Structural analysis of the Hurricane fault in the transition zone between the basin and range province and the Colorado Plateau, Washington County, Utah

Meg Elizabeth Schramm, University of Nevada, Las Vegas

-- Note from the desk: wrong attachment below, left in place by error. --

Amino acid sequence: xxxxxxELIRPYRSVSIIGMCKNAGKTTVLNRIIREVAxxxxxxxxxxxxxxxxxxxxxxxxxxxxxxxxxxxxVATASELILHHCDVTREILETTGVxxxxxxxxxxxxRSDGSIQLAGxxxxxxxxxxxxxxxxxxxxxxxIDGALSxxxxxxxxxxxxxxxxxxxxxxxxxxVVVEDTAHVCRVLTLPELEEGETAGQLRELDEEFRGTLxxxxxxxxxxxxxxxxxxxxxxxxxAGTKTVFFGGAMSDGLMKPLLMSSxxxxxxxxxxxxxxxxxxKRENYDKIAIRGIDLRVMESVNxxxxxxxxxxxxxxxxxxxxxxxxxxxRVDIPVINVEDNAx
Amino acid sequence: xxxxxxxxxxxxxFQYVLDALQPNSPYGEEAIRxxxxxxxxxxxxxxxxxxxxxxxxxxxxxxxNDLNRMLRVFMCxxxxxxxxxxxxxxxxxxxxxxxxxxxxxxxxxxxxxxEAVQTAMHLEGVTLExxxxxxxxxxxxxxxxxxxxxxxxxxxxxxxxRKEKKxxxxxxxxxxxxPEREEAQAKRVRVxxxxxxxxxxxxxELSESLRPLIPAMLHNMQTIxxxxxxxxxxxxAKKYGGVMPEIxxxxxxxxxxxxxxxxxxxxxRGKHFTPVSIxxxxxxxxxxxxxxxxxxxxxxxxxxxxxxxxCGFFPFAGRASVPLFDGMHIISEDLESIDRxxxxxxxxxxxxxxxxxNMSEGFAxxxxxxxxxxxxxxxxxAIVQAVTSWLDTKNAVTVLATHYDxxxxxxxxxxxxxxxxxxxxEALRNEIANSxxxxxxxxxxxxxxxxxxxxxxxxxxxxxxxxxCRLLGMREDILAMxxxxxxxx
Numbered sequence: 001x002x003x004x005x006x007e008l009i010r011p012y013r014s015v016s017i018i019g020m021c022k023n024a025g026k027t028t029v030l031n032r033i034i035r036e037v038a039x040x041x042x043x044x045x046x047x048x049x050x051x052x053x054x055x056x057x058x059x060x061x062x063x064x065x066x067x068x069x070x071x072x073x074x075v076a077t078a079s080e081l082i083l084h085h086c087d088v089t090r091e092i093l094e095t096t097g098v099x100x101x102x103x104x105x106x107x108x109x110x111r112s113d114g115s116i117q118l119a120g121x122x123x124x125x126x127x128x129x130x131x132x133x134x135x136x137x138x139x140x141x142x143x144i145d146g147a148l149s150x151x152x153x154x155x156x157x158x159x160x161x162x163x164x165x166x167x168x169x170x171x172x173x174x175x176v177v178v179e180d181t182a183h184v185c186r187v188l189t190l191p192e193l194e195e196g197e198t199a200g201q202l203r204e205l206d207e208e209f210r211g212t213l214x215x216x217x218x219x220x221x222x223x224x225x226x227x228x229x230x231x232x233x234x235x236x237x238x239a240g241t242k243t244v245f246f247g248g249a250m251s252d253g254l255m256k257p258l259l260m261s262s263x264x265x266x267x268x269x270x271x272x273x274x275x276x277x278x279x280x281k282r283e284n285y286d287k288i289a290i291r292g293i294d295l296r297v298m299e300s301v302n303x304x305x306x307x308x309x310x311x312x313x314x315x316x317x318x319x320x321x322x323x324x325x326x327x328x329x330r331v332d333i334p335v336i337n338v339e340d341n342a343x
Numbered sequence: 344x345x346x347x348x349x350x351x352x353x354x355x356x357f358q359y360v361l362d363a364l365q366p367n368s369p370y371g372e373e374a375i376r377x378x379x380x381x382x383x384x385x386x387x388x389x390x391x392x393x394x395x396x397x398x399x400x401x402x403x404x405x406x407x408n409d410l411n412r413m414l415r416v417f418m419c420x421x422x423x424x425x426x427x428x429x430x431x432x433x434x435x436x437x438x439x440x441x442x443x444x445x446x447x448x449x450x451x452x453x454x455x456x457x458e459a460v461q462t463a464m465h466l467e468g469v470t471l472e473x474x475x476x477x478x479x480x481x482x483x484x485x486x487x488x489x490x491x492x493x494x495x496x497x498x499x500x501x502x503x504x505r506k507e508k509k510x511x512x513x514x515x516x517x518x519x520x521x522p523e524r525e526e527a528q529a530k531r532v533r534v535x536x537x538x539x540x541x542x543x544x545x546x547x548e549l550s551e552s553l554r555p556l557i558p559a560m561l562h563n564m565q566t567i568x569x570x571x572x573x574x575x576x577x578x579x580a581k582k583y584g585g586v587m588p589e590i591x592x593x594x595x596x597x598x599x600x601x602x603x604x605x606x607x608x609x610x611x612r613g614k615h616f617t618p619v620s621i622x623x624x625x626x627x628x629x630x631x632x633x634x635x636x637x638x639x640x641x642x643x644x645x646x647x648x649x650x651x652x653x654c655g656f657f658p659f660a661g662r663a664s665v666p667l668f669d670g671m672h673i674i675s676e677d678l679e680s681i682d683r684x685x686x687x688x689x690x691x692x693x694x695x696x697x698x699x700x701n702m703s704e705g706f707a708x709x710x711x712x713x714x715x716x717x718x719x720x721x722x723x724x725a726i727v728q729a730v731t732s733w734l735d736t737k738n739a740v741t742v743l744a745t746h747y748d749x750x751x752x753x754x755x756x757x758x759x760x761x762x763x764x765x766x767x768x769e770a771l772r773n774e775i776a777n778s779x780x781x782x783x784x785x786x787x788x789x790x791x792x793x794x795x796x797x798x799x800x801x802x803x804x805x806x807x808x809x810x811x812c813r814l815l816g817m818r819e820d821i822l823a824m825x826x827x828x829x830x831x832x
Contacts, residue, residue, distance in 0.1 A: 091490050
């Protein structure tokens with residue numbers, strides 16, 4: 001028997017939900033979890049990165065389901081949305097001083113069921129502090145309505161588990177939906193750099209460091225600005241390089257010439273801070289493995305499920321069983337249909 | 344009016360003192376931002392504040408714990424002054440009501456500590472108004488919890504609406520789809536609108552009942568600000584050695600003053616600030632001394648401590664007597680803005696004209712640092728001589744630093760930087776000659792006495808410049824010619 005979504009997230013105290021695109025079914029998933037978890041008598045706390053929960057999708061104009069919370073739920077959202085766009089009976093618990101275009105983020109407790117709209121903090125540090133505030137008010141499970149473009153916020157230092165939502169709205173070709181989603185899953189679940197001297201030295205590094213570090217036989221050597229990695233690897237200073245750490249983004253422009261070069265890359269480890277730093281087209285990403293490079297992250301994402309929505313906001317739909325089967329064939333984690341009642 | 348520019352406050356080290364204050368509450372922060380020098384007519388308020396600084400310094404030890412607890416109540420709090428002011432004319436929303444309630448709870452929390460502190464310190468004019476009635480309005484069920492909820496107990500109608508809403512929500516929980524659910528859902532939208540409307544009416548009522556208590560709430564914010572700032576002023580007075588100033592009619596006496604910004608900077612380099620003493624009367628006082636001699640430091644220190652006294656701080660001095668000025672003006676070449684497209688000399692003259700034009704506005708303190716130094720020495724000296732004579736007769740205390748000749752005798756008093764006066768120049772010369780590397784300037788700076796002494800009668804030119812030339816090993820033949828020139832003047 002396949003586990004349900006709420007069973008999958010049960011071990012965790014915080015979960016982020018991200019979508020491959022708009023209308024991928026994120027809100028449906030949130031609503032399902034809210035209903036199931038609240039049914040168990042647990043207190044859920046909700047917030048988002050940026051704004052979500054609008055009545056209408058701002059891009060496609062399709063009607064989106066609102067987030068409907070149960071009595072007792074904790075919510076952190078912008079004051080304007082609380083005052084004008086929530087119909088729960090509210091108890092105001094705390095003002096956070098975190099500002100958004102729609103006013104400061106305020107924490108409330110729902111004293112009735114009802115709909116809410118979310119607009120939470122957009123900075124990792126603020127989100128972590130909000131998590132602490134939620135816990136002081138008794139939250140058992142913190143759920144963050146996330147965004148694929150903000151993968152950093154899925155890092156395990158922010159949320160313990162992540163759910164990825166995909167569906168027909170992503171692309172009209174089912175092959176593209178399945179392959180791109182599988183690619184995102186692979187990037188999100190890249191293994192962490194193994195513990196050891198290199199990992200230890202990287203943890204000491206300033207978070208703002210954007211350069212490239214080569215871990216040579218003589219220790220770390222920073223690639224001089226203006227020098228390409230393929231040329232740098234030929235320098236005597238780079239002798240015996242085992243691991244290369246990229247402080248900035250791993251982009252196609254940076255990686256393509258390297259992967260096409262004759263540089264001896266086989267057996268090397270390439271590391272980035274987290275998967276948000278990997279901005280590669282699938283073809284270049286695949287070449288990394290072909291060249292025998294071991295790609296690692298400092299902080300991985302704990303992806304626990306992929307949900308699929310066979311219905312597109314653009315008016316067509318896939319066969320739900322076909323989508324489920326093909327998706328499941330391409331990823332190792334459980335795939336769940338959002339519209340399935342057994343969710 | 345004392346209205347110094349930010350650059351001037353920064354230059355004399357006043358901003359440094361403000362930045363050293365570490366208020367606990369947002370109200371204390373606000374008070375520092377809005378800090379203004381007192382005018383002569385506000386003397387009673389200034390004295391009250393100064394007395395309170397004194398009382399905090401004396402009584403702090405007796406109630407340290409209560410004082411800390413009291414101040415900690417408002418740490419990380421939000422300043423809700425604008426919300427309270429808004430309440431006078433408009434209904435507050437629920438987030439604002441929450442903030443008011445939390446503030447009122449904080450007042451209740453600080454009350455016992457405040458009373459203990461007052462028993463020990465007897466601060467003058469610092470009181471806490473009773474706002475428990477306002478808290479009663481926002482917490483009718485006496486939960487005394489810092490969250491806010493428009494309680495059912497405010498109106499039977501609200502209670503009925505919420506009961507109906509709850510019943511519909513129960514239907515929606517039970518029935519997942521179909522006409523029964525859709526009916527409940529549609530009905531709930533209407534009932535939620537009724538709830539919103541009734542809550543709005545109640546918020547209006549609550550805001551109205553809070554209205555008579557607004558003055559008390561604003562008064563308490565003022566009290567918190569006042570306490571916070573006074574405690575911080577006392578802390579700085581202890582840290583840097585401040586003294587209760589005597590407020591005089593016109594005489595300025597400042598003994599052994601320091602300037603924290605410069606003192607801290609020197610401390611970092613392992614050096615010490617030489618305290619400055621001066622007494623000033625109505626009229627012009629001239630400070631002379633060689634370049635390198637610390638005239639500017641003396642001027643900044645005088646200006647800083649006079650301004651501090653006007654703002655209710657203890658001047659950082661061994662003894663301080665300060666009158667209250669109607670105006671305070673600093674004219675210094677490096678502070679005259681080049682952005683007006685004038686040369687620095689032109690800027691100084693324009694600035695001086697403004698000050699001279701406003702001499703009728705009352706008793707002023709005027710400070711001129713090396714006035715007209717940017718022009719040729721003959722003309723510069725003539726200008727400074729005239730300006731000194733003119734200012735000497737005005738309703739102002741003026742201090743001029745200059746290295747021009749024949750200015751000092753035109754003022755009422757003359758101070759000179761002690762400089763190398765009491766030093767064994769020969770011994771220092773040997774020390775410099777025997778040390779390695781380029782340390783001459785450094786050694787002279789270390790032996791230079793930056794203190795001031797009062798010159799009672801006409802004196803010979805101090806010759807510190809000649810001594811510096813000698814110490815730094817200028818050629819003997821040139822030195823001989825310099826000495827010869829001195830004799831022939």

This study defines fault segments and segment boundaries along the Hurricane fault in southwestern Utah and determines the geometric and kinematic relationship to other regional structures; Normal fault segmentation only recently has received attention and has never been studied along the Hurricane fault. The fault changes strike along its length, and is thus a segmented fault. This study documents one nonconservative segment boundary and two fault segments, the Ash Creek segment and the Anderson Junction segment, based on fault geometry, scarp shape, and shortening structures in the hanging wall and footwall. A rupture along the Ash Creek segment may affect Cedar City, UT, and a rupture along the Anderson Junction segment may affect St. George, UT and a number of smaller nearby towns. Previously undocumented surface offsets were observed along both segments. Evidence that Quaternary slip along the Hurricane fault is predominately normal includes offset of geochemically identical Quaternary (?) basalt, slickenlines, hanging wall dip analysis, and the 89{dollar}\sp\circ{dollar} rake of the 1992 St. George earthquake; The Hurricane fault and the Gunlock-Grand Wash fault system, which lies 50 km to the west, may be a linked system whereby the two en echelon faults form a displacement transfer zone that generates the relatively wide transition zone between the Basin and Range province and the Colorado Plateau in the region. Data from both faults that support the existence of a transfer zone include symmetric changes in stratigraphic separation, similar timing of fault motion, and balanced regional cross sections. (Abstract shortened by UMI.).